Review: Earth to Echo

Earth to Echo movie poster film one sheetThere’s a clear innocence about the family cinema of previous generations that seems to have been lost in the current crop of movies. In older films, families work together, albeit with some struggles, and children are pleasant and get along pretty well with each other. It’s not all peaches and cream, of course, because there’s some dramatic tension needed to propel the story forward (bad parenting in Mary Poppins, a child who has to recognize that her fill-in parents love her in The Wizard of Oz, and the wave of dysfunctional families in the Disney oeuvre) but still, there’s always a happy, wish fulfillment ending.

Then there are the classic 80’s family films that have an entirely different sensibility about them, most notably E.T. The Extra Terrestrial and The Goonies. Both classics, and while this critic must admit he’s never liked E.T., there’s something about the sarcastic vibe of The Goonies that makes it one of the very best films about childhood from the perspective of the child. The dialog in particular is brilliant at capturing that deep, awkward love children have for their friends, even as they razz each other.

Earth to Echo is a clear descendant of these two 80’s films, with a bit of the enjoyable, but flawed, 2011 film Super 8 added to the mix [read my review of Super 8]. And it’s great fun, even if there’s a bit too much found footage for some tastes.

The biggest problem with Earth to Echo is that I felt it was too intense for the pre-tween set (I wouldn’t take my 10yo daughter to see it, for example, though I know my 14yo would love it), though, to be fair, I only recently let her see The Goonies and she was alarmed by some of the chase and fight scenes.

In a clear homage to Spielberg’s E.T. suburbs, Earth to Echo is built around a trio of buddies, Tuck (Brian Bradley), Munch (Reese Hartwig) and Alex (Teo Halm). They’re nerdy archetypes, the geek, the brain and the overly-confident boy, and they have the comfortable friendship of boys who have known each other through many adventures. Their neighborhood is poised to be demolished for a highway bypass (shades of Hitchhiker’s Guide to the Galaxy?), forcing them all to move apart, and the adventure takes place on their last night together, a clear nod to The Goonies.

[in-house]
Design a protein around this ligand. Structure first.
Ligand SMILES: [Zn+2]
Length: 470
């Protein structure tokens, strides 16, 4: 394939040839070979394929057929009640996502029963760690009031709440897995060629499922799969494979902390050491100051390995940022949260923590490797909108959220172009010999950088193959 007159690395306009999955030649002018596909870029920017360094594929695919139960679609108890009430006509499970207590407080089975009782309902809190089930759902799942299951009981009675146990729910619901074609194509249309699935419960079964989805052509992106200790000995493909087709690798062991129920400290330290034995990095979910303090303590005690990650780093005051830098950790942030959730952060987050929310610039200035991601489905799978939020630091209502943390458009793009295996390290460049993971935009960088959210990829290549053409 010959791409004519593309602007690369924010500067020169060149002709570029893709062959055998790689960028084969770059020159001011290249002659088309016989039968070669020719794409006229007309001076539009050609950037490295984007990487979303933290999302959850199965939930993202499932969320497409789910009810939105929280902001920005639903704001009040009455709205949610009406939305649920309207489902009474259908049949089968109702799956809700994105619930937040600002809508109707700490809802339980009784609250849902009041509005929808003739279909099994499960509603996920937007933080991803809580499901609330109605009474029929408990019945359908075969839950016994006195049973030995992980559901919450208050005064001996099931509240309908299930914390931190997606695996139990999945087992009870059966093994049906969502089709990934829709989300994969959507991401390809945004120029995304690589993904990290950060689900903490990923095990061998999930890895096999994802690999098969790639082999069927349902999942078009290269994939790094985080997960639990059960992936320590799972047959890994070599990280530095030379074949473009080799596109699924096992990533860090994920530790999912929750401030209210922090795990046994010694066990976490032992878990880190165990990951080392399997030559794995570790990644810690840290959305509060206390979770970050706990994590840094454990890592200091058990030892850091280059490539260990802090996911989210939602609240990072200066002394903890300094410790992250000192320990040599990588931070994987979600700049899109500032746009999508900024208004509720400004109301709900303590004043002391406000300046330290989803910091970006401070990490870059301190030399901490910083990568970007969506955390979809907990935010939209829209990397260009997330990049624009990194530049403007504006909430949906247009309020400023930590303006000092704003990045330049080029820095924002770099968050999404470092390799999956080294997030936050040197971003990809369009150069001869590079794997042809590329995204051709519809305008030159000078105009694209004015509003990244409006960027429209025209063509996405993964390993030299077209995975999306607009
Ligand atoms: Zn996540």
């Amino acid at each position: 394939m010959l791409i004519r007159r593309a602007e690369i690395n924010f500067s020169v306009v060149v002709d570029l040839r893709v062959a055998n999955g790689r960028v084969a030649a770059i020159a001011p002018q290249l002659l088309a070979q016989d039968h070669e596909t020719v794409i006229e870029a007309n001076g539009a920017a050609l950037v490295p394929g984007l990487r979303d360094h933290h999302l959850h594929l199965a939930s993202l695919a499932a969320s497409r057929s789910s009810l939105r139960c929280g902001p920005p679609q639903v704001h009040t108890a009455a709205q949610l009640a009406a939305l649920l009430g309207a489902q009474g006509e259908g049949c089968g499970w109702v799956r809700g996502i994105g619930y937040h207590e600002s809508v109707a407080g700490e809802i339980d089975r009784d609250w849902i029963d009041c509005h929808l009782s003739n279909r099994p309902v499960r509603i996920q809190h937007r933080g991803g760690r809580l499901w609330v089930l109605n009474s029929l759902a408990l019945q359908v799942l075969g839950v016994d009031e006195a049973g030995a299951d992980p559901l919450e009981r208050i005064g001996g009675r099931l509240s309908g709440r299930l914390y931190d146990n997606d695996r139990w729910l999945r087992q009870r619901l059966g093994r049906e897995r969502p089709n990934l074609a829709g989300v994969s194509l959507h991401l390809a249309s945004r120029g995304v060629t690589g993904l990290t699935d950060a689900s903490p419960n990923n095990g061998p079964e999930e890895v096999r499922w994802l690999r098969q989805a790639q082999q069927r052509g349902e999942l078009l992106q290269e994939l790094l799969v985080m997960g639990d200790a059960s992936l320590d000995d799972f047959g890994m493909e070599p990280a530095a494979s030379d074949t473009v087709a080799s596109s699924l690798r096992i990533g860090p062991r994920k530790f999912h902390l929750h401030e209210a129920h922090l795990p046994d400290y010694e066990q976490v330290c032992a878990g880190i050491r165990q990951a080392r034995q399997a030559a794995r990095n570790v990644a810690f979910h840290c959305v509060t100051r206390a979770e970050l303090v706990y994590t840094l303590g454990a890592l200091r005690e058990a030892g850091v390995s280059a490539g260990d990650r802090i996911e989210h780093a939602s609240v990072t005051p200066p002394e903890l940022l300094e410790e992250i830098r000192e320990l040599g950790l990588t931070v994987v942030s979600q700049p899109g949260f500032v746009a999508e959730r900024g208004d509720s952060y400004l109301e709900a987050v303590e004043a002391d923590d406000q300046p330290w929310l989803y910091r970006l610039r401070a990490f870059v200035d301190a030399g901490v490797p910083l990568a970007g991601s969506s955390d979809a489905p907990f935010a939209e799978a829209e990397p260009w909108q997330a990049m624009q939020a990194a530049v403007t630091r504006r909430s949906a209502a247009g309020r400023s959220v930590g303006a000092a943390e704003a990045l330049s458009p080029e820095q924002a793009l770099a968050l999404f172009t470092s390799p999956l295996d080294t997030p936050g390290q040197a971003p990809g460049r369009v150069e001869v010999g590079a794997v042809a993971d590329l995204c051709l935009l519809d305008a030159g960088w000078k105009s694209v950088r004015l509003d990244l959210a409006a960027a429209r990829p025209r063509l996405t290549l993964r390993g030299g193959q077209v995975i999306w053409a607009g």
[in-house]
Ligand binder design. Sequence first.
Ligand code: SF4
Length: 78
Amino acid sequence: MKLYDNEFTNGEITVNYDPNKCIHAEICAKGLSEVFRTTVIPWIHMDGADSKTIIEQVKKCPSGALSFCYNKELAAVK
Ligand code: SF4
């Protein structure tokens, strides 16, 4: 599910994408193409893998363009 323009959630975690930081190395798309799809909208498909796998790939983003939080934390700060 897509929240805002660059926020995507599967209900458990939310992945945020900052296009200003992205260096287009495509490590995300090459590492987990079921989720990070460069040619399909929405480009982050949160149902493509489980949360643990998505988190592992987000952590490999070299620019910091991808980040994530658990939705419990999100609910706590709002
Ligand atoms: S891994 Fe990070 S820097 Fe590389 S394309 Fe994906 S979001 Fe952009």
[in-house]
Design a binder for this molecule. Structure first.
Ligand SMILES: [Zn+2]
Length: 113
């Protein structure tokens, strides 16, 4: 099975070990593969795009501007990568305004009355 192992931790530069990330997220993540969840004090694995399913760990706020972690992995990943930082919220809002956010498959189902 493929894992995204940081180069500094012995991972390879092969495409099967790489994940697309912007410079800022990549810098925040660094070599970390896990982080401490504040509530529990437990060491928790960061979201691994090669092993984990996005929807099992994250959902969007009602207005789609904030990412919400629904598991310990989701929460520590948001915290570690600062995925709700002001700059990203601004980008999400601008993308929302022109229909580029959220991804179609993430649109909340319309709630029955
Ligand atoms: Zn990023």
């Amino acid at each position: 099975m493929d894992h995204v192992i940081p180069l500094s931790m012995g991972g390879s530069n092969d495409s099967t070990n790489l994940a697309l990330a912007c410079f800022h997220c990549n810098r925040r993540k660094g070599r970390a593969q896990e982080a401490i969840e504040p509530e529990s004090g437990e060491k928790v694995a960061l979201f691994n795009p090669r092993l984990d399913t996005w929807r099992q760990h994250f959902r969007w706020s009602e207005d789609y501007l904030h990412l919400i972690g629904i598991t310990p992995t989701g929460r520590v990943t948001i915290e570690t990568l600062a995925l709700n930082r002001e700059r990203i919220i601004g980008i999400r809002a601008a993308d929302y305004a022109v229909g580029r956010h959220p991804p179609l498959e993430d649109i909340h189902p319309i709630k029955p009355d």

Their phones start acting weird, and when they realize that it’s a map to a spot out in the surrounding desert, they decide to lie to their parents about a final sleepover and jump on their bikes to pedal the few miles out to the location. Once there, they find a mysterious piece of wreckage that turns out to be a small part of a spaceship, complete with a cute, tiny little alien who looks more like a baby owl than anything else. Lacking a name, they call him Echo inspired by his ability to mimic sounds.

Tuck (Brian Bradley), Alex (Teo Halm) and Munch (Reese Hartwig) from Earth to Echo
Tuck (Brian Bradley), Alex (Teo Halm) and Munch (Reese Hartwig) from Earth to Echo

Echo has crash-landed on Earth and while he has some amazing powers, he needs their help to find and assemble all the parts needed to build a new spaceship, which requires them to go to various places (where much of the film’s tension comes from). Meanwhile, the “highway workers” turn out to be a mysterious government agency that is aware of the alien and seek to abduct and experiment on him.

The main plot points are the intermingling of their adventures helping out Echo, trying to avoid the omnipresent government agents, overlaid with the poignancy of these three inseparable pals on their last night together. Add to the mix the female object of their mutual affection, Emma (Ella Wahlestedt), who ends up being the fourth gang member as a more mature teen relationship blossoms with her and Tuck as the night proceeds.

There’s a lot I liked about Earth to Echo and more than once I was transfixed, grinning and enjoying the dialog, the scene, and the non-stop homage to the 80’s family films. The biggest problem with the movie, however, is that it’s too muddled in terms of its target audience. The found-footage technique is passé and annoying to adult viewers (read the other critics to see what I mean) and the tension level is more appropriate for teens than the younger set. Echo is a bit too cute to appeal to teen boys, however, in an age where our children are more jaded. Is it a children’s movie? Is it a movie for teens? It’s hard to say.

I would recommend it for more mature children able to appreciate and enjoy the various elements of Earth to Echo, however, and I definitely enjoyed it as a throwback to the great era of family movies. I’d like to see more of these films in the cinema, more options for bringing all of my children along for an afternoon at the movies.

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